If you can see from the video, Becca's plant leg (left leg) is used to resist excessive rotation. I would argue stabilizing the core could be more important then creating rotation in the core. From a S & C perspective, anti-rotation exercises would be an important component of training, as well as a few rotational exercises. The transverse abdominis and internal/external obliques play a role in transferring energy from the lower body to upper body. This would be an important part in a S & C program. If you are like me, you might need to see Becca pitching in slow motion, so check this one out:
Moving to the upper body, elevating the arm overhead to the 12 o'clock position requires the scapular stabilizers to fire. The scapular stabilizers include the rhomboids, serratus anterior, traps and leveator scapulae. The scapula must be stable in order to provide efficient movement in the shoulder, arm and wrist. You can see from the picture below how the scapula must slide to the right and rotate up so the arm can get to the overhead position.
If the scapula was unstable, it could allow the glenohumeral joint to move upward, potentially causing impingement. An article from the NSCA says "Scapular movement during the pitching motion allows for elevation of the acromion; thus, the scapular stabilizers must efficiently fire in an attempt to rotate the scapula so that it can clear the acromion for the function of the rotator cuff musculature." Essentially this means that you need to be building scapular stabilization during your S & C workouts, especially in the overhead position.
Anterior shoulder pain is one of the most common complaints among windmill pitchers. If we look at overall shoulder motion, a typical overhand pitch sees around 108 degrees of motion, whereas the windmill pitch has around 360 degrees of motion. This could have many implications, but of importance now is the increased eccentric action of the biceps. The highest biceps activity has been measured during the 5th phase of the windmill pitch (from the 9 o'clock position to the point of release). As you can see in the picture below, the head of the biceps inserts in an area between the subscapularis and supraspinatus (both muscles of the rotator cuff). From an S & C standpoint, the take home here is that a strength program should train deceleration of the arm.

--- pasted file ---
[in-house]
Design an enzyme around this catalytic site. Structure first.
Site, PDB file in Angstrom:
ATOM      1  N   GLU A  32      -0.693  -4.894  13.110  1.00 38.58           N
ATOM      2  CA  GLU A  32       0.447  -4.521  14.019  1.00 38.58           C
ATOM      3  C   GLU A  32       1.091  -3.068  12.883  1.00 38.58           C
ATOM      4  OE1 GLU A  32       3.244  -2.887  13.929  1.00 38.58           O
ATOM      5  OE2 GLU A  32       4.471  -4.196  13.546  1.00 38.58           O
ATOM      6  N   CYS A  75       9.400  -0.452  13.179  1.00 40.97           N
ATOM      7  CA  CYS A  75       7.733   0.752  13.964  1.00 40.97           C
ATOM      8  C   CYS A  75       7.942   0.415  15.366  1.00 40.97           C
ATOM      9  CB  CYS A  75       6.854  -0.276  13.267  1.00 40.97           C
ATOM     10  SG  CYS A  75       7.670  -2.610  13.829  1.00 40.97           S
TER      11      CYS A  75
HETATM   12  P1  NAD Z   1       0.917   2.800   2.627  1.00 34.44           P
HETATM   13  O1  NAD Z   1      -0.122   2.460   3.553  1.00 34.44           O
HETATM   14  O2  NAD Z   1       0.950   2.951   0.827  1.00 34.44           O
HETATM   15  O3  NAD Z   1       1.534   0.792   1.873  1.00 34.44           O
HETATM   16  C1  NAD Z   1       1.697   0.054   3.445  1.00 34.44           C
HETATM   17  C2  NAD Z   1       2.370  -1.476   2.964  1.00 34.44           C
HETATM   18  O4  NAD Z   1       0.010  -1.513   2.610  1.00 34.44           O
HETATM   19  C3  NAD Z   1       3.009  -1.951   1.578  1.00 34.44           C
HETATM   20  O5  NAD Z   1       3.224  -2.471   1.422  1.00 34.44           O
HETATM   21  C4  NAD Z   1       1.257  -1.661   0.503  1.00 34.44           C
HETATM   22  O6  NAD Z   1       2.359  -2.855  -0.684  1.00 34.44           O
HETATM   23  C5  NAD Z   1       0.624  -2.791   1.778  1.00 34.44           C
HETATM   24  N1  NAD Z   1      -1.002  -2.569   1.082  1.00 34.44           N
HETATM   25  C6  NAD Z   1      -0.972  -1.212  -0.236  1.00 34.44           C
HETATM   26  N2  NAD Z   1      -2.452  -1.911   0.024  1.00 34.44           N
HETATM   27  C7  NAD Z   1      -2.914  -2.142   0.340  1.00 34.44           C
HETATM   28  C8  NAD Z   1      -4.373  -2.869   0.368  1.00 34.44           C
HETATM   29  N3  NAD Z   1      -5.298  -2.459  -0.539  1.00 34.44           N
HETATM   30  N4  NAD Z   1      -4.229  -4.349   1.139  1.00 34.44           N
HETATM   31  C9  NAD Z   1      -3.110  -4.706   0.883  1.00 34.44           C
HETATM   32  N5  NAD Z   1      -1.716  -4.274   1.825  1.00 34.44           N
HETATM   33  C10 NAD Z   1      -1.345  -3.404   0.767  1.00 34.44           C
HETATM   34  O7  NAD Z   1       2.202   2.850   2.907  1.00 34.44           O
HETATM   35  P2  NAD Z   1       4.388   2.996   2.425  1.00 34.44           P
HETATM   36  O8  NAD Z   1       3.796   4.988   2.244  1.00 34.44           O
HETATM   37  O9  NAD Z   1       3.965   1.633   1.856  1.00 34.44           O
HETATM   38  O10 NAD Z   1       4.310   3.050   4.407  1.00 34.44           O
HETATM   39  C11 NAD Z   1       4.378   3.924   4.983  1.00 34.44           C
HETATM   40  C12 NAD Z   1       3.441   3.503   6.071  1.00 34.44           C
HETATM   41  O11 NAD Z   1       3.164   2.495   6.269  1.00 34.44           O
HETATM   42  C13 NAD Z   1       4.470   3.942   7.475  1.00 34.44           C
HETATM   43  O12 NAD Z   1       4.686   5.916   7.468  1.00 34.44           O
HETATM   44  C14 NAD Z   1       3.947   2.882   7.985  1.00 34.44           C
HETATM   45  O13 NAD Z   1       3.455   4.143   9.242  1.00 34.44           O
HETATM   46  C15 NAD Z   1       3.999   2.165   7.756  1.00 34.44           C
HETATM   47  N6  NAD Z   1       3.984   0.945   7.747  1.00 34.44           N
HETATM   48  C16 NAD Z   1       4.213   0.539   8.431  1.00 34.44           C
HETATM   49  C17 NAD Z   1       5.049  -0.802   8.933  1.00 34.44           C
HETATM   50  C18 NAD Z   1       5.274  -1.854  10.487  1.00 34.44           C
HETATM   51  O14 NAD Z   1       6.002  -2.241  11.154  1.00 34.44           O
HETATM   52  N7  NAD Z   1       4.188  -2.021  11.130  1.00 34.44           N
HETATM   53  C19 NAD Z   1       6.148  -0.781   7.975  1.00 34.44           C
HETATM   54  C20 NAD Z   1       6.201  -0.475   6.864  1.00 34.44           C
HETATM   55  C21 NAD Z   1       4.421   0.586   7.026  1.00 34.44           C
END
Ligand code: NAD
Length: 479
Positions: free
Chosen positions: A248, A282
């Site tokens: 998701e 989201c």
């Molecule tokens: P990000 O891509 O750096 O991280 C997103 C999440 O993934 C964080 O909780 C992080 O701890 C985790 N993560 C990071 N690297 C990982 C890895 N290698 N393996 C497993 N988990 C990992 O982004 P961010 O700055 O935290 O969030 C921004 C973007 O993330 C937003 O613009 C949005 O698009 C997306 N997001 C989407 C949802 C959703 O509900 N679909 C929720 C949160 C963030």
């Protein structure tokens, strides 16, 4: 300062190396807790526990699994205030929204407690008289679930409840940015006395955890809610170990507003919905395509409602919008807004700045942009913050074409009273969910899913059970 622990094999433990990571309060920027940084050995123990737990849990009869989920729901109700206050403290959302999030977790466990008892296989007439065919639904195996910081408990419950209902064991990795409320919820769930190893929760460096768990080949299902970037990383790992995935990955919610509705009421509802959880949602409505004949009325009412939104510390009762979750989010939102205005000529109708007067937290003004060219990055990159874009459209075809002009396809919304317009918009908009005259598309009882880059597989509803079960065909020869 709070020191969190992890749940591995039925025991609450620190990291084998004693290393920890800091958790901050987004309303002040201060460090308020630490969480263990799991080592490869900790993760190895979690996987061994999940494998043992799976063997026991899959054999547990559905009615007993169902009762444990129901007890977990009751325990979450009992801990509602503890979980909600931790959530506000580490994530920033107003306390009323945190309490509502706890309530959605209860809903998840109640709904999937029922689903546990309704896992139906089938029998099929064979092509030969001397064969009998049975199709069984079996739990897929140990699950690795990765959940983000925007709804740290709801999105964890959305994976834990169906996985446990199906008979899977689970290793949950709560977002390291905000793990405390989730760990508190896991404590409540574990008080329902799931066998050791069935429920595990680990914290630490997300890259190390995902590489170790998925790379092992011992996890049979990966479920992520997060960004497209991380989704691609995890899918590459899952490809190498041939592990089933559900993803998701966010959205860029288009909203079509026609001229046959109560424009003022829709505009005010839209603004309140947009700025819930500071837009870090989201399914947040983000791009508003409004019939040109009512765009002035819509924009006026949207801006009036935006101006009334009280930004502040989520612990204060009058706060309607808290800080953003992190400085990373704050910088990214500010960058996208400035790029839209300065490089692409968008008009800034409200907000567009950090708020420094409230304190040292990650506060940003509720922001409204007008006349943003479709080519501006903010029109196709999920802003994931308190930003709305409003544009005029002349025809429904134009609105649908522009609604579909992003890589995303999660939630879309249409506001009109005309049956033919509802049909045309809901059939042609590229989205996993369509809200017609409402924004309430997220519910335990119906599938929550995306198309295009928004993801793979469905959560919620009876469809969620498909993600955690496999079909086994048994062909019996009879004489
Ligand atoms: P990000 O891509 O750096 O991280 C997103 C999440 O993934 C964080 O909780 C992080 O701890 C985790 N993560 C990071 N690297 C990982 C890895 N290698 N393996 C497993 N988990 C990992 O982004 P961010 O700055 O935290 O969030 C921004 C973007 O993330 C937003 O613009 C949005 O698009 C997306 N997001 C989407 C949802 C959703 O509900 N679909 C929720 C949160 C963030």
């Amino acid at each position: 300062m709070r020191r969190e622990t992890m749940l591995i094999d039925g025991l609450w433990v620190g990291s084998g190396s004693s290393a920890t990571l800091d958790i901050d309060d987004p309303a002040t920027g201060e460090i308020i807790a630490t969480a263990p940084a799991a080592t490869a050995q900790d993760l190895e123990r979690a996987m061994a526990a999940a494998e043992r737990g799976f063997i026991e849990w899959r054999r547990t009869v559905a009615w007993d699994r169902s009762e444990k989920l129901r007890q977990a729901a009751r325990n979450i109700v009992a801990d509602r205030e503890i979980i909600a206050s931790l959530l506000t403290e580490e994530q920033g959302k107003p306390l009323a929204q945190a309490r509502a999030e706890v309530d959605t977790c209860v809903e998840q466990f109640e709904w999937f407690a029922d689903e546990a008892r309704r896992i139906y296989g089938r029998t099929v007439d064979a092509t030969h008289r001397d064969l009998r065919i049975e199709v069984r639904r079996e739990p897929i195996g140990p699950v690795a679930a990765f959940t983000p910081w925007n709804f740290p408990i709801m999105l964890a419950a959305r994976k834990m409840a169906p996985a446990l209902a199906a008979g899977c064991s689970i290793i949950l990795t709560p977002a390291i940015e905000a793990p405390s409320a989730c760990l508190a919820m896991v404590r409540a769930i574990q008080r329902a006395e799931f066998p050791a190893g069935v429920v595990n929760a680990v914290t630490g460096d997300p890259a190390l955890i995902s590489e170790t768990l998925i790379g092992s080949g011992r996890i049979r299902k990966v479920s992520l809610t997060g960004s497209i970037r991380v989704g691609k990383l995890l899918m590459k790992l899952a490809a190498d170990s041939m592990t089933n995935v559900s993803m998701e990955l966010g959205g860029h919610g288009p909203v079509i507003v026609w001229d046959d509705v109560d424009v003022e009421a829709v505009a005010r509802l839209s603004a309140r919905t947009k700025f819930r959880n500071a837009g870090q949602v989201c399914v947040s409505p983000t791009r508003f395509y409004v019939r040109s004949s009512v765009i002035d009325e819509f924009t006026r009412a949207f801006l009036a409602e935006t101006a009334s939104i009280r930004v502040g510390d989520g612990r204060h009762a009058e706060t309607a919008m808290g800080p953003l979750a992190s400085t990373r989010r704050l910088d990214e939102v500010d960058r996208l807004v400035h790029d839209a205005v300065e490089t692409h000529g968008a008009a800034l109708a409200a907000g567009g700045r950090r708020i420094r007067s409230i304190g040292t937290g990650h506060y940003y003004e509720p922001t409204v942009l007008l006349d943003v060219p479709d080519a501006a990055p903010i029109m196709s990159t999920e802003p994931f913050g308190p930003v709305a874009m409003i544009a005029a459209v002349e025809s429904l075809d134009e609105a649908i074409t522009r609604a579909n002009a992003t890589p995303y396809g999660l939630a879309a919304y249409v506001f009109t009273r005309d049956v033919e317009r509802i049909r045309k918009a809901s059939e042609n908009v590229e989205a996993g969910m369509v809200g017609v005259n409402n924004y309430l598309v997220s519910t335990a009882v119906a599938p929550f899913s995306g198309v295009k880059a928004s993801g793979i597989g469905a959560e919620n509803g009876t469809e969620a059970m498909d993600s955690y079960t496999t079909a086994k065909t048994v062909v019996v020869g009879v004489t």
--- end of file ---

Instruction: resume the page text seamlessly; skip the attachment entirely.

Different pitches can stress the body in other ways as well. Check out this video of Becca throwing a curveball and look at the potential strain it places on her elbow.
Becca is a pro at throwing a curveball, so she limits the torque on her elbow. However, I have seen lots of her junior high and high school pitchers throw a curve and it looks nothing like this. Their elbows flare out and they use a lot of internal rotation at the shoulder to get that whip that Becca gets. This can lead to shoulder or elbow pain because of the eccentric loading and stretching of the posterior shoulder. The posterior shoulder has to do a lot of work to keep the humeral head properly seated in the glenoid.
No matter how you look at it, pitching over and underhand are both fairly unnatural motions for the body. But, that's the way the sport has developed over the years, and so it is the role of a proper Strength & Conditioning program to combat these unnatural movements. Part II of this article will go into specific exercises pitchers should be doing to prevent injuries, increase throwing velocity, and ultimately increase their sport performance.
Lower extremity ground reaction forces in youth windmill softball pitchers (NSCA 2009)
Biomechanics of Windmill Softball Pitching With Implications About Injury Mechanisms at the Shoulder and Elbow (JOSPT 1998)
The Windmill Softball Pitch: Optimal Mechanics and Pathomechanics of Injury (Athletic Therapy today 2010)
Biceps Activity During Windmill Softball Pitching: Injury Implications and Comparison With Overhand Throwing (American Orthopedic society for Sports Medicine 2009)